The meat of the Las Vegas Invitational this year takes place on the Friday and Saturday nights of Thanksgiving weekend, but prior to that the Sun Devils will get in a couple warm-up games, against Florida A&M (November 18) and Cornell (November 20) in front of their own fans. If ASU is as improved as we expect they’ll be, they should show up in Vegas with a comfortable 3-0 record. That’s where things get interesting. First up, they’ll face Arkansas on Friday afternoon, a nice even match-up that should give the Sun Devils their first good challenge of the season. The Razorbacks don’t look like world-beaters by any means, but Mike Anderson does get to roll out talented guys like Marshawn Powell, B.J. Young and Madracus Wade. Powell is attempting to bounce back from a season lost to a knee injury, but he’s a very talented front line guy who seems born to play in Anderson’s hyper-kinetic style. Meanwhile, the backcourt of Young and Wade will give the much-anticipated Sun Devil backcourt of Jahii Carson and Evan Gordon a very serious challenge. Regardless of the outcome of the semifinals, ASU is assured of another challenge on the Saturday schedule, as Creighton and Wisconsin are on the other side of the bracket. How, exactly, tournament organizers did not attempt to finagle their way into a Blue Jay/Badger championship game is beyond me, but that’s the way it is. While Wiscy could be without Mike Bruesewitz at this time and will still be adjusting to life post-Jordan Taylor, expect nothing less than the typical hard-nosed Bo Ryan Badger squad. Meanwhile, Creighton features All-American forward Doug McDermott and three other returning starters from last year’s NCAA Tournament team. It is likely that, regardless of who the Devils wind up facing, they’ll be underdogs in both of their games. What’s more, it is quite possible that ASU could play well over the weekend and still come away with a pair of losses. The success of this team on this weekend should not, ultimately, be measured in terms of wins and losses, but in the progress the team shows, how they compete against talented opponents, and how these games prepare them for conference play.
Arizona – Diamond Head Classic, December 22-25, Sheriff Center, Honolulu, HI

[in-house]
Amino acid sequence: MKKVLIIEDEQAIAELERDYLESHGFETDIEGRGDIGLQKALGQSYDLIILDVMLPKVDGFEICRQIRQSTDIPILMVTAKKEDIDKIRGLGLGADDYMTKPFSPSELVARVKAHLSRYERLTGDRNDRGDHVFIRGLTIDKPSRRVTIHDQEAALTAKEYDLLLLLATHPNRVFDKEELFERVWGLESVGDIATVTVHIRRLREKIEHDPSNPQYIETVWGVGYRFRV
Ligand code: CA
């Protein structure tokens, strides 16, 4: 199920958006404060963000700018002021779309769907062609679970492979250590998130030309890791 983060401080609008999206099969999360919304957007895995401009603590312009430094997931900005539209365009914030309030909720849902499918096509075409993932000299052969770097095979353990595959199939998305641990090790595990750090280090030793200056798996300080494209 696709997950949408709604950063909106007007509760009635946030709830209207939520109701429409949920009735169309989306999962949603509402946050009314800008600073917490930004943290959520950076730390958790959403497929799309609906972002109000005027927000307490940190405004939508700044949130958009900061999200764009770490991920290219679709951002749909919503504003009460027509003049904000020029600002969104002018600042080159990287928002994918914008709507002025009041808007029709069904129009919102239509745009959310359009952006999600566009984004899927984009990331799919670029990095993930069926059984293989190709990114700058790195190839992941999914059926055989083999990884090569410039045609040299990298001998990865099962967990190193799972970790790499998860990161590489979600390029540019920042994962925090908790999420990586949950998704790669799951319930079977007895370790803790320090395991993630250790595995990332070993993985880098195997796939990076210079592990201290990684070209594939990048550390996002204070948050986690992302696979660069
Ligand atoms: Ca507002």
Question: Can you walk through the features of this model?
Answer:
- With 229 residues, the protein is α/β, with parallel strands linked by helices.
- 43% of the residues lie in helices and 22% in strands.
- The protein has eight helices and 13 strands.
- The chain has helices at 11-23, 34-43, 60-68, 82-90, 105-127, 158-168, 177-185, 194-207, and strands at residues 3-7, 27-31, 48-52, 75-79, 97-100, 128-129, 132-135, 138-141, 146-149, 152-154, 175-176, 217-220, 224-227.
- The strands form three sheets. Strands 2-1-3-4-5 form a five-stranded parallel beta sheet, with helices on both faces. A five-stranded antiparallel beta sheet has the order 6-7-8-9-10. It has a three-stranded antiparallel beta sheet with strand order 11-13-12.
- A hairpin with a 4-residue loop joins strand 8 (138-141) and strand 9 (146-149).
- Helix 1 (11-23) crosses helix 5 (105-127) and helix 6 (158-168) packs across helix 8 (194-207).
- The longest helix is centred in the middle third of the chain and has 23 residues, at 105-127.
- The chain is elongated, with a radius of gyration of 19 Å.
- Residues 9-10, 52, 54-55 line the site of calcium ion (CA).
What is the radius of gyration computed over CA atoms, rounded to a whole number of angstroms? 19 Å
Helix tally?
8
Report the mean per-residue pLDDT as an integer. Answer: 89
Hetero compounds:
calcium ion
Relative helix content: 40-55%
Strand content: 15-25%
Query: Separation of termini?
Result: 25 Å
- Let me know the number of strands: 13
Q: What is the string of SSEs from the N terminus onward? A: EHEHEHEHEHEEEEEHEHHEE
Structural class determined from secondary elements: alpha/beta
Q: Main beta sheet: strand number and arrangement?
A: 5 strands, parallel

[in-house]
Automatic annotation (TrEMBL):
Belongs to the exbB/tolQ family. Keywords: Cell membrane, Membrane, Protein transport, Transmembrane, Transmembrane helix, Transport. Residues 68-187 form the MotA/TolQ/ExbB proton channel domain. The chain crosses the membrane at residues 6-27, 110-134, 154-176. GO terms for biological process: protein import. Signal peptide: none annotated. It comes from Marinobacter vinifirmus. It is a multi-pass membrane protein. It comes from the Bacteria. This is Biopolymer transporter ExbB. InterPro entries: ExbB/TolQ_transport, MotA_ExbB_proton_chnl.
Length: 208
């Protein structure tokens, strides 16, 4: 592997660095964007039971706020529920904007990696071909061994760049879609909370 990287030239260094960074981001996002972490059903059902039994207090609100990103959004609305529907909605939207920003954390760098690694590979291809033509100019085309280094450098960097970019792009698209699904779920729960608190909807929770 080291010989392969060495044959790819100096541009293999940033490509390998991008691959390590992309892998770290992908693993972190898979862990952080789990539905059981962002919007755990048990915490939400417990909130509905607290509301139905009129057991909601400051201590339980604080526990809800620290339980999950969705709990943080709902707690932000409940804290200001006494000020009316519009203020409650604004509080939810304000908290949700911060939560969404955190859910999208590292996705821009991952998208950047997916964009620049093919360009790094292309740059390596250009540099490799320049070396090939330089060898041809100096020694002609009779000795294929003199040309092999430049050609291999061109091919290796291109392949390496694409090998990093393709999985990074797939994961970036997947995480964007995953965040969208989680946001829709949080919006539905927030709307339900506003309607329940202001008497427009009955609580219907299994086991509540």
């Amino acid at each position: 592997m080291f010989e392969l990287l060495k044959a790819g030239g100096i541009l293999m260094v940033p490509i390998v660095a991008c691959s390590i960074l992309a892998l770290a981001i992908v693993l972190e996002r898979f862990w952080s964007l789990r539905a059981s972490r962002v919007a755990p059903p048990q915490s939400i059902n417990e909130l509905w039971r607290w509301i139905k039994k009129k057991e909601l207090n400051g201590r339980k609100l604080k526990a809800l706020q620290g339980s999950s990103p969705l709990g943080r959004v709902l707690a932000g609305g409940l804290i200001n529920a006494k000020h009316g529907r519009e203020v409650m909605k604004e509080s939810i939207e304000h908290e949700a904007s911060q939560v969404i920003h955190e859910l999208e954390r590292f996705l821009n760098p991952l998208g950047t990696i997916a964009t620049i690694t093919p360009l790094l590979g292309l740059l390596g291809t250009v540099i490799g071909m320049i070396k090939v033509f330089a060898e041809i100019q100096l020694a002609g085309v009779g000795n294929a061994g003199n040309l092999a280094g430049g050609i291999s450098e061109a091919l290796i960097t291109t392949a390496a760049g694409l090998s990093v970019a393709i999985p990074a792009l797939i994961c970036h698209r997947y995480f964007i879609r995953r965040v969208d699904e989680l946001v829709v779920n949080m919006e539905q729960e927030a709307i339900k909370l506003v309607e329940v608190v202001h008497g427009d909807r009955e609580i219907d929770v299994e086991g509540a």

The Wildcats may be the last team in the conference to get to their exempt event out of the way, but they’ll have much of the college basketball stage to themselves around Christmas in Honolulu. By the time UA heads over the Pacific, we should have a pretty good idea what this team is made of, but they’ll have some chances to beef up their resume. They’ll get things started with a solid East Tennessee State program that has been good historically but who likely can’t compete with the big bad ‘Cats this year. Assuming they advance to the winner’s bracket, they’ll face either Miami (FL) or the host school, Hawai’i. The Hurricanes are the better team and the likely opponent, but you can’t put anything past a team playing on its home court. If it’s Miami, the ‘Cats will face a team with plenty of size, plenty of backcourt quickness and enough offensive firepower to make things really tough. Up front, the senior combination of Reggie Johnson, Kenny Kadji and Julian Gamble will give no quarter to the Wildcats much ballyhooed group of young ‘uns, while perimeter guys like Durand Scott, Shane Larkin and Trey McKinney-Jones will if this version of the UA perimeter defense can live up to Sean Miller’s tough standards. Assuming UA can scrap past Miami, they should have either San Diego State or Mississippi waiting in the championship game. Neither of those would be a walk in the park, but a match-up with the experienced Aztecs’ backcourt and their young and athletic frontcourt (which by this point in the season will feature a newly eligible James Johnson) would be the type of game we could see in late March. With conference play just a flip of the calendar away at the point of the year, expect all of the teams in this tournament to be rounding into shape. If the bracket falls the way it looks like it could, Arizona could be in for a pair of seriously intense battles.